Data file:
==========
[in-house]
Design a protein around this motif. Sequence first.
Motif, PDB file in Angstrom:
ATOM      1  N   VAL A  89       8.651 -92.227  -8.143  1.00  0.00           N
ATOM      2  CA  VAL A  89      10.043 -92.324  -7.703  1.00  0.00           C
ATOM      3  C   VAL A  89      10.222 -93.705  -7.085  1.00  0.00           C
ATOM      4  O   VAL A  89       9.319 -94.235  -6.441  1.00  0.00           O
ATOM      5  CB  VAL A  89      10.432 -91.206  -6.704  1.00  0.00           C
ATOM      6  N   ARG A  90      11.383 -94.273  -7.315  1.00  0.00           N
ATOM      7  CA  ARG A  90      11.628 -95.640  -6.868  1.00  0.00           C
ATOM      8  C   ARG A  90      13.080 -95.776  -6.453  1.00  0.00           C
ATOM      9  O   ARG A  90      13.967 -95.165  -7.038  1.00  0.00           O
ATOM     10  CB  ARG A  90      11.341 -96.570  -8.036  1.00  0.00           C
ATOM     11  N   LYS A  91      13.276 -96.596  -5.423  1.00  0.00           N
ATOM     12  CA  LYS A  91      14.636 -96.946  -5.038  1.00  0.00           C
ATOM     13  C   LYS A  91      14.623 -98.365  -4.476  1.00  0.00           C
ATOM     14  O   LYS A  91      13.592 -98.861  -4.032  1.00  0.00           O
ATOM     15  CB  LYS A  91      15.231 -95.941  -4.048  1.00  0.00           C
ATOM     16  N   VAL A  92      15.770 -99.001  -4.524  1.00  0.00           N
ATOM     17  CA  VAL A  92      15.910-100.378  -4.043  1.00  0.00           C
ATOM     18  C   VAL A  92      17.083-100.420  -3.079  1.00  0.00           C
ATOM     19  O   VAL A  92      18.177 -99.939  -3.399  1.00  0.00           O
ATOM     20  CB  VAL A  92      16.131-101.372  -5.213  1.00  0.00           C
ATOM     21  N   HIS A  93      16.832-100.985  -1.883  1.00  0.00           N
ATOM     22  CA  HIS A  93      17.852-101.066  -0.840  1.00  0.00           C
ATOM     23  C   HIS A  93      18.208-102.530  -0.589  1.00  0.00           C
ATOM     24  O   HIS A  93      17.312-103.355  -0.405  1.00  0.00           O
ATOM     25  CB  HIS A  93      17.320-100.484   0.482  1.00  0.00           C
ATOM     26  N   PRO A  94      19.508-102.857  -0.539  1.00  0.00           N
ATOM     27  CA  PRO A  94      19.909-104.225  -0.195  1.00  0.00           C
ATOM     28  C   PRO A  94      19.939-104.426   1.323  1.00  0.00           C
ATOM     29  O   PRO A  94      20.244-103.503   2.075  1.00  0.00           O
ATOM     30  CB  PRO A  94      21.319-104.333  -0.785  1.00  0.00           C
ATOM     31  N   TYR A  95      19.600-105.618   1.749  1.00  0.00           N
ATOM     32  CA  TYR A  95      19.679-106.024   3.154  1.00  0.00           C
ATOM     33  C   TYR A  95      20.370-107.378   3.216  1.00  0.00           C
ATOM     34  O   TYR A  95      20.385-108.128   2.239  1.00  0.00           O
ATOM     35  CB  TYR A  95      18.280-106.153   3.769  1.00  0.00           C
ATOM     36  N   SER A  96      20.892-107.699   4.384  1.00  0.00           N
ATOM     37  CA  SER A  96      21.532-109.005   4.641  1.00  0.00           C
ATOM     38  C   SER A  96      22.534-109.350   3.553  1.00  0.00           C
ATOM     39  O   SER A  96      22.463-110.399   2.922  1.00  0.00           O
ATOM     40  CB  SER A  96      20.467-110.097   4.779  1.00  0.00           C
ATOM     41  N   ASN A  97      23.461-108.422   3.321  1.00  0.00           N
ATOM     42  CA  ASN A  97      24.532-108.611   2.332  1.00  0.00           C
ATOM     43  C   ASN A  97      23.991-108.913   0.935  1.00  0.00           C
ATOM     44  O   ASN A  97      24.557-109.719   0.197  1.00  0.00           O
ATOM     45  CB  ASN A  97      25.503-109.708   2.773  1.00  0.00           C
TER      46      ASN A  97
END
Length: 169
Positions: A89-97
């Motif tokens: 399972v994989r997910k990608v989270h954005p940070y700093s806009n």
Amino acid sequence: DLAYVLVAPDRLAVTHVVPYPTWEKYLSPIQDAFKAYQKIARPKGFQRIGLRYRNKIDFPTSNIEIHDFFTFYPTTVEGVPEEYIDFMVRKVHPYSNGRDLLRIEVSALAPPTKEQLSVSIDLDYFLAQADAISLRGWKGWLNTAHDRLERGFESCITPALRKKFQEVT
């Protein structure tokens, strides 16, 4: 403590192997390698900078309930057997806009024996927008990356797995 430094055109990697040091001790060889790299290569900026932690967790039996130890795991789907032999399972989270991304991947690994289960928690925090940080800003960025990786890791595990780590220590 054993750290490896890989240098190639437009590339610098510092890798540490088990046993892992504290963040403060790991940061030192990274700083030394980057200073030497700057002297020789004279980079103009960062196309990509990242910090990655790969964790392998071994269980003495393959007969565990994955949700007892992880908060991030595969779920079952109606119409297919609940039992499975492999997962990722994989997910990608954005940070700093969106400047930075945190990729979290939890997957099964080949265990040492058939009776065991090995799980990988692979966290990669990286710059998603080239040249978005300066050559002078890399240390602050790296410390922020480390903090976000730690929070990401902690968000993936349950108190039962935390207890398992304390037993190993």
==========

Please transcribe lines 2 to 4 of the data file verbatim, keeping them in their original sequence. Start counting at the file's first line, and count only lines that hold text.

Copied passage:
Design a protein around this motif. Sequence first.
Motif, PDB file in Angstrom:
ATOM      1  N   VAL A  89       8.651 -92.227  -8.143  1.00  0.00           N